Universal credit rules tightened for part-time workers

universal credit rules tightened for part time workers

universal credit rules tightened for part time workers

UK – Benefits for low-paid part-time workers will be cut unless they take “active steps” to earn more, in line with the reform announced in the mini-budget. Chancellor Kwasi Kwarteng oversaw the change, which he said was designed to “get the UK back to work”.

Under the new rule, applicants working up to 15 hours a week at the minimum wage will have to look for more or better-paying jobs. Labor said the country needed a plan to help people return to work.

Mr. Kwarteng outlined new Prime Minister Liz Truss’ plans to tackle the cost-of-living crisis in a mini-budget on Friday.

Currently, Universal Credit applicants who work up to 12 hours a week for a living wage, which is the government-mandated minimum wage, are at risk of having their benefits cut unless they take steps to increase their earnings and meet with a coach on a regular basis. work.

Under the chancellor’s reform, which will come into effect in January 2023, this requirement will now be extended to people with universal credit working up to 15 hours a week under the National Living Wage. This change will affect about 120,000 additional claimants.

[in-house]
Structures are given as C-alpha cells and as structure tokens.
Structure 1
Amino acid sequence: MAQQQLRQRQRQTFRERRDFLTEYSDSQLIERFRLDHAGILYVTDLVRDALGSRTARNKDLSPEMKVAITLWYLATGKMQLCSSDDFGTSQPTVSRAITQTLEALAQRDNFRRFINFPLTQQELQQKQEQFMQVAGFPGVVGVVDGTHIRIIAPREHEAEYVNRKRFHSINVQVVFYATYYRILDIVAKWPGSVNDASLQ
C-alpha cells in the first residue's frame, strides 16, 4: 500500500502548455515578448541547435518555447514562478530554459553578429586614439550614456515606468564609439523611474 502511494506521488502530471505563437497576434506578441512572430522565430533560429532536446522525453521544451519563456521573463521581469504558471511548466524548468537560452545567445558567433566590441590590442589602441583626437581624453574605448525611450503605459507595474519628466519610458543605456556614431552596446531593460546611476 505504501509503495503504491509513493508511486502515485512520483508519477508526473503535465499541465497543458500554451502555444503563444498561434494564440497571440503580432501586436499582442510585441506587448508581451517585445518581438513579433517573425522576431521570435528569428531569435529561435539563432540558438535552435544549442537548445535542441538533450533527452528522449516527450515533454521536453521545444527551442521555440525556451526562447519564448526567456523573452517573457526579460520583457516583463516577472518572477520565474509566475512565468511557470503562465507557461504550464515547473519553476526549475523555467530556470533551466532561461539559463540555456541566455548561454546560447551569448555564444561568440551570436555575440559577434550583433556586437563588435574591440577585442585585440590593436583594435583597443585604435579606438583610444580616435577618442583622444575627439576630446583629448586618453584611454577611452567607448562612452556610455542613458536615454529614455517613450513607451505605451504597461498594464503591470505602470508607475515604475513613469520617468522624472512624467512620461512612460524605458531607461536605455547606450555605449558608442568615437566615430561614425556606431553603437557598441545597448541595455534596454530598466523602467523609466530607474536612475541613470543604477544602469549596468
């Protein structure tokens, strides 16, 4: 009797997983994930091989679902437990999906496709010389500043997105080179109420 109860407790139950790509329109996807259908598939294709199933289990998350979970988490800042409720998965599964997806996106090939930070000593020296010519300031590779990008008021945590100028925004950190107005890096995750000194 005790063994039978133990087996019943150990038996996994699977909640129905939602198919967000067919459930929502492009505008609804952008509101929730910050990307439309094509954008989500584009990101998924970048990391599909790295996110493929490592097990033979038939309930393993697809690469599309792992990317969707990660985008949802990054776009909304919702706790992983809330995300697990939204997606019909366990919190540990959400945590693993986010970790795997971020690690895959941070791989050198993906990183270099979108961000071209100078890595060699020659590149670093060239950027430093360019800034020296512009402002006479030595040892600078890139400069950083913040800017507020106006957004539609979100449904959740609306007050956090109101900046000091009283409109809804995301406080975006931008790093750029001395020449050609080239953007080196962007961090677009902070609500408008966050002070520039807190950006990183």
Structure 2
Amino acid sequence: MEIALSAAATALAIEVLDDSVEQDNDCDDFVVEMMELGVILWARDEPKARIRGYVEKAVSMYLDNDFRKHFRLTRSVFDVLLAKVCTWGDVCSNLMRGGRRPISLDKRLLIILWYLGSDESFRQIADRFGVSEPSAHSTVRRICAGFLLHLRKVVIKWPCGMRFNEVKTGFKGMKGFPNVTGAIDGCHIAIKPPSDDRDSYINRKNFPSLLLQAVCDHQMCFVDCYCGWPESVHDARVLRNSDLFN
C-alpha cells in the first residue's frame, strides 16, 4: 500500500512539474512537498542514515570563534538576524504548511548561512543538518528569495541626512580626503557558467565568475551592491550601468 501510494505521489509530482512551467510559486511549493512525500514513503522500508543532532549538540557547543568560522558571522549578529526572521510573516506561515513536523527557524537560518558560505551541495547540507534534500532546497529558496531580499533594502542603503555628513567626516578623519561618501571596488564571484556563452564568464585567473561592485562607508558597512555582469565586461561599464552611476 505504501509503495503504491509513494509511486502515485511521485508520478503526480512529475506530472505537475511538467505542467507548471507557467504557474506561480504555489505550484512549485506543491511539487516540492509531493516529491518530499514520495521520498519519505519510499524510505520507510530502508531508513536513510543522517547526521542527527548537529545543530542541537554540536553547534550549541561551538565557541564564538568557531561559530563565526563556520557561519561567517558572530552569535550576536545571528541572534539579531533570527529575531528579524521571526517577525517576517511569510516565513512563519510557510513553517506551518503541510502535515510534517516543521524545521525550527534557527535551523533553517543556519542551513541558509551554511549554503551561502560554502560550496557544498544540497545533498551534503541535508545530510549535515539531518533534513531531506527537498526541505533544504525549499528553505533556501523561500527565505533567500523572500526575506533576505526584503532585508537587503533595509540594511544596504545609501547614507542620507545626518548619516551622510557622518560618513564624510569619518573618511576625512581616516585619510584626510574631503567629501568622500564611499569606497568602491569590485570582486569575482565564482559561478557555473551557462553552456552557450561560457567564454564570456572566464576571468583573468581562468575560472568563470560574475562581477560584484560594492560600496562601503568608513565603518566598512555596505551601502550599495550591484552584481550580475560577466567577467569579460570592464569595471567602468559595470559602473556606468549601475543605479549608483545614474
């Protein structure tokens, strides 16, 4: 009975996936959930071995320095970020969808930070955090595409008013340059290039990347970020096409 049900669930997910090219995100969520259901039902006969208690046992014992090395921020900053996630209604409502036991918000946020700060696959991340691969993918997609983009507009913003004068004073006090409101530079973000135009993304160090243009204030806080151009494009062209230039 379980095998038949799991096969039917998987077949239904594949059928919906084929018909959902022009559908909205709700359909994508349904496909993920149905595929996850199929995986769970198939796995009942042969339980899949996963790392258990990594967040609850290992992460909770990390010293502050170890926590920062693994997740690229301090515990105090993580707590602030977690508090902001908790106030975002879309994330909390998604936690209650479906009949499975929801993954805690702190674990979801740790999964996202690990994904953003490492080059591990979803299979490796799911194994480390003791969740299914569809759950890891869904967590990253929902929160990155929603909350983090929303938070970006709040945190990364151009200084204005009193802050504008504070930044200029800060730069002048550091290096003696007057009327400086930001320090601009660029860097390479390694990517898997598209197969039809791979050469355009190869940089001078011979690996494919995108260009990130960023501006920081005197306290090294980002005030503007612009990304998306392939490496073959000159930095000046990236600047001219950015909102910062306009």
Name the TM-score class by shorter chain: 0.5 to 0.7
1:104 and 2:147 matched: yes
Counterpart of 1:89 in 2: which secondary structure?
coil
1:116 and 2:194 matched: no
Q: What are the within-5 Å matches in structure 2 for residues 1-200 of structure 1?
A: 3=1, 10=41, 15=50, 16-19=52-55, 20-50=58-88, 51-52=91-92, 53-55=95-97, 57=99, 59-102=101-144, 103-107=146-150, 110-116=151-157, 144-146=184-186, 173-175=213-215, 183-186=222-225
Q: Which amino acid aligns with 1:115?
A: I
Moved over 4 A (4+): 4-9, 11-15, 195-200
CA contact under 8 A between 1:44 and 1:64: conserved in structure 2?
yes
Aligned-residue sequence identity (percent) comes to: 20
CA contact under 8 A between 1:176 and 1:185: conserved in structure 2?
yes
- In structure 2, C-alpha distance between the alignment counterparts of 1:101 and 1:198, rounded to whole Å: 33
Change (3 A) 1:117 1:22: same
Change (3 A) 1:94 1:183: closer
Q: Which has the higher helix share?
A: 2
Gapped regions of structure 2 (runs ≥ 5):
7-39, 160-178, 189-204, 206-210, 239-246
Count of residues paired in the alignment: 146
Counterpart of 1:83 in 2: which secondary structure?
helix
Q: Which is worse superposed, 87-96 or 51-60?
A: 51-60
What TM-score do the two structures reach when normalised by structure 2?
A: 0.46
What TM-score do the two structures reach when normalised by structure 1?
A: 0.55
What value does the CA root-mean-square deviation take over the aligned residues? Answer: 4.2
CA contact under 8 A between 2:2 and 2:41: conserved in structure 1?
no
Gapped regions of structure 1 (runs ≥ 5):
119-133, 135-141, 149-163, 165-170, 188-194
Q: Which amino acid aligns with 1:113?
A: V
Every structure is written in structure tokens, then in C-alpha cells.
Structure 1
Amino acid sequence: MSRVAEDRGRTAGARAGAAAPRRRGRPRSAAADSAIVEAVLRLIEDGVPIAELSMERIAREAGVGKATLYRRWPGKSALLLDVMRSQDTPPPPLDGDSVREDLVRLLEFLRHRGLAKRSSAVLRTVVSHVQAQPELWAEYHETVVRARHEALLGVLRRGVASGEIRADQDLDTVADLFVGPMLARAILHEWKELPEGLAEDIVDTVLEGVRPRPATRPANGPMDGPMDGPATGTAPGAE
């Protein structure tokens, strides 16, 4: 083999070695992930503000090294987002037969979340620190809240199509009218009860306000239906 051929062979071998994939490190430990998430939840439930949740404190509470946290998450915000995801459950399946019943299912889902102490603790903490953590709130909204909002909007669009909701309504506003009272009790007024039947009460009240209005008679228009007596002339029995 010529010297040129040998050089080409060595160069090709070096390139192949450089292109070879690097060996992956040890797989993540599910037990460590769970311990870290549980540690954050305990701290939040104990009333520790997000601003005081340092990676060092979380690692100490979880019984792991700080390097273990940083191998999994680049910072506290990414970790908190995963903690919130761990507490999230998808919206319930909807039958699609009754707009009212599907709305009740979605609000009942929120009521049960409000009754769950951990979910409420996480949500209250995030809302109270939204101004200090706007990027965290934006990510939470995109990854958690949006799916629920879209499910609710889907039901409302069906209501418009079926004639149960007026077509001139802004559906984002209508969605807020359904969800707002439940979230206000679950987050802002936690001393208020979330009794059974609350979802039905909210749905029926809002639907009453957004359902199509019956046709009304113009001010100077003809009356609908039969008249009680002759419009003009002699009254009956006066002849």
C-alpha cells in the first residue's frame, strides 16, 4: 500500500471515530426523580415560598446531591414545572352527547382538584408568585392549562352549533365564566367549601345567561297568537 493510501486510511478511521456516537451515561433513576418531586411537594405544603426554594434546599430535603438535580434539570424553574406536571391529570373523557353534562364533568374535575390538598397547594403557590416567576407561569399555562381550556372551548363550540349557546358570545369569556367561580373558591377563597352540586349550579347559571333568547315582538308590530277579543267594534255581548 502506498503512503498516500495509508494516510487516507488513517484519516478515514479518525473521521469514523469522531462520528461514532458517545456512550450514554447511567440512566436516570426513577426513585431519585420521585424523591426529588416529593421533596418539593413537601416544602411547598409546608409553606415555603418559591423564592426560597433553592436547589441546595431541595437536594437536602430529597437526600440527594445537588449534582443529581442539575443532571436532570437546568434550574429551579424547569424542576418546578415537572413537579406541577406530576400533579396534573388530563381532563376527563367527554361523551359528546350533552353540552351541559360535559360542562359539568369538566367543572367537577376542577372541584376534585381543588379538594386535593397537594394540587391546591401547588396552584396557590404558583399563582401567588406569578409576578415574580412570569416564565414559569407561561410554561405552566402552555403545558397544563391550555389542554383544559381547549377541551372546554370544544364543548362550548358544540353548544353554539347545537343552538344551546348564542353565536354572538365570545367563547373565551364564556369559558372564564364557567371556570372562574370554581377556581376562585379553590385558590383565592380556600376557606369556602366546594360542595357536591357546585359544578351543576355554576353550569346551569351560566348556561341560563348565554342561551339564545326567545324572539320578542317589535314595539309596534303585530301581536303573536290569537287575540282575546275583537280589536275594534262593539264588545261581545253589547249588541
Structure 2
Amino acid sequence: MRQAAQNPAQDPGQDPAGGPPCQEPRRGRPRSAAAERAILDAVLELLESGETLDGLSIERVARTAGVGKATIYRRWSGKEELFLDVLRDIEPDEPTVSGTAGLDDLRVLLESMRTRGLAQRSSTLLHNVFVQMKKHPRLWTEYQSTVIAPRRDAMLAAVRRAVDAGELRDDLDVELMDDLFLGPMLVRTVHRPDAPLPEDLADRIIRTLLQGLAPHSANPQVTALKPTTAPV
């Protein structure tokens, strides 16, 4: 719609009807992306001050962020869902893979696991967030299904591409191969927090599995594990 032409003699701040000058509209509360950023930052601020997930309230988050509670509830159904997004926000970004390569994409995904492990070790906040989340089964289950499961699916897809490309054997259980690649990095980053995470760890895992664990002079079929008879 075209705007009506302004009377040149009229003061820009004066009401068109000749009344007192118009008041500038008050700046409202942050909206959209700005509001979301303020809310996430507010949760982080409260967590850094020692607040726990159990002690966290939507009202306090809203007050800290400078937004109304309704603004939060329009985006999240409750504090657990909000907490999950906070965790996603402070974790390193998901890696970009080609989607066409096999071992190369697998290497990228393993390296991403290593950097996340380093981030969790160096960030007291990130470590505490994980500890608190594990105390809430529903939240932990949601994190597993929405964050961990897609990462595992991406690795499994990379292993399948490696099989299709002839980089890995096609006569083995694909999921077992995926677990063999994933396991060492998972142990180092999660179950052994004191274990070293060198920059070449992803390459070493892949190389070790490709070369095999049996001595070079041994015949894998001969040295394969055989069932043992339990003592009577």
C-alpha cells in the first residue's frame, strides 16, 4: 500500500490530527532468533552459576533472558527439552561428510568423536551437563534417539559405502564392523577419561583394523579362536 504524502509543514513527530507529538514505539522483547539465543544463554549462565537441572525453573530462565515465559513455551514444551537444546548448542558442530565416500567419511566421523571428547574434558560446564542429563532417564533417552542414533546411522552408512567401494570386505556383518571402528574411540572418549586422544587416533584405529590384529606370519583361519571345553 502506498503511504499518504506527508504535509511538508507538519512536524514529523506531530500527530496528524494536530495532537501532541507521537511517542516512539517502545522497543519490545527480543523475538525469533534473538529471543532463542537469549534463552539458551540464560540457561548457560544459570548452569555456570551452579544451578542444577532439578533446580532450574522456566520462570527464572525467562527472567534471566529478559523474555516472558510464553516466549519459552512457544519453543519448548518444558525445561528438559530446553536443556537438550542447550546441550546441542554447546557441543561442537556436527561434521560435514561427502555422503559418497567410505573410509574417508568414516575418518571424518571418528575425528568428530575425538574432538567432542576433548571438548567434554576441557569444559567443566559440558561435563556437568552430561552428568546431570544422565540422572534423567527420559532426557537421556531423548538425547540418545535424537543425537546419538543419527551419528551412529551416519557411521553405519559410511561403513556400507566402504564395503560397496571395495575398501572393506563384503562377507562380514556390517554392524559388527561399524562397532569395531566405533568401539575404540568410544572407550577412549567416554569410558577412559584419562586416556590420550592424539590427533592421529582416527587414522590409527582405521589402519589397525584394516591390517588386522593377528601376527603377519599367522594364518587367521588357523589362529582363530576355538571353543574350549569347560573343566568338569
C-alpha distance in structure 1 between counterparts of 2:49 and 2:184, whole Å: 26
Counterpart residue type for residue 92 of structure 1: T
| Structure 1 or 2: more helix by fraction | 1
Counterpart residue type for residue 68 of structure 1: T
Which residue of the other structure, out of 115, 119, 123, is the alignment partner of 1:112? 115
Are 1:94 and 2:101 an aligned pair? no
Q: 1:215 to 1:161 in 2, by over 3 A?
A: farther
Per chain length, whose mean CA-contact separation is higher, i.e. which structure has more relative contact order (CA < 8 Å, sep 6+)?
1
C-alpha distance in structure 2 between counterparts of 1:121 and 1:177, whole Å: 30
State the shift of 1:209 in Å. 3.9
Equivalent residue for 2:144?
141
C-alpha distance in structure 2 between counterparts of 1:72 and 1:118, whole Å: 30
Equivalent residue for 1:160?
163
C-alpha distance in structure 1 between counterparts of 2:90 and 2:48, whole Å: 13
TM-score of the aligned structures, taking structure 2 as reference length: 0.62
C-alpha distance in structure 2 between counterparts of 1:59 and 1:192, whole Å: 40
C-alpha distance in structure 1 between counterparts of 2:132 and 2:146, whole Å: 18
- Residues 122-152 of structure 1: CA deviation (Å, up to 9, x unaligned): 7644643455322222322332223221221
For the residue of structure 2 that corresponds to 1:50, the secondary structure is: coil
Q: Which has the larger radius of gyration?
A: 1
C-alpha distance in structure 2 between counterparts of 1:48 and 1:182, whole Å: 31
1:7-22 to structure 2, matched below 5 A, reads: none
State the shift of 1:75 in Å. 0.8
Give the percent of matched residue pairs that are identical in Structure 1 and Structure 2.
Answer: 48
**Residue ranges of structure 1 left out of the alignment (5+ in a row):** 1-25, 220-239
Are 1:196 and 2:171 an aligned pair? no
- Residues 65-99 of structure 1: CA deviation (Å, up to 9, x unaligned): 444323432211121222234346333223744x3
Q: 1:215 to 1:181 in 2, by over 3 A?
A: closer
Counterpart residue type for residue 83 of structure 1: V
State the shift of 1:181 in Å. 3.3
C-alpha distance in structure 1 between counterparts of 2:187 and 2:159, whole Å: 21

The Treasury Department said some groups would remain exempt from the sanctions, including people who are unable to work due to a chronic illness or disability.

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Labour’s shadow work and pensions secretary Jonathan Ashworth tweeted: “So Tory ministers think [the] reason we have over a million vacancies is that the low paid aren’t working hard enough and need to be threatened with sanctions but bankers needs bumper bonuses. We need a serious plan to support people to return to work & increase labour supply.”

The chancellor said the government would also provide additional support to the unemployed over 50. Job seekers in this category will be given additional time with job coaches.

The Treasury Department said that growing economic inactivity among those over 50 “contributed to a shortage of jobs, driving up inflation and limiting growth.”

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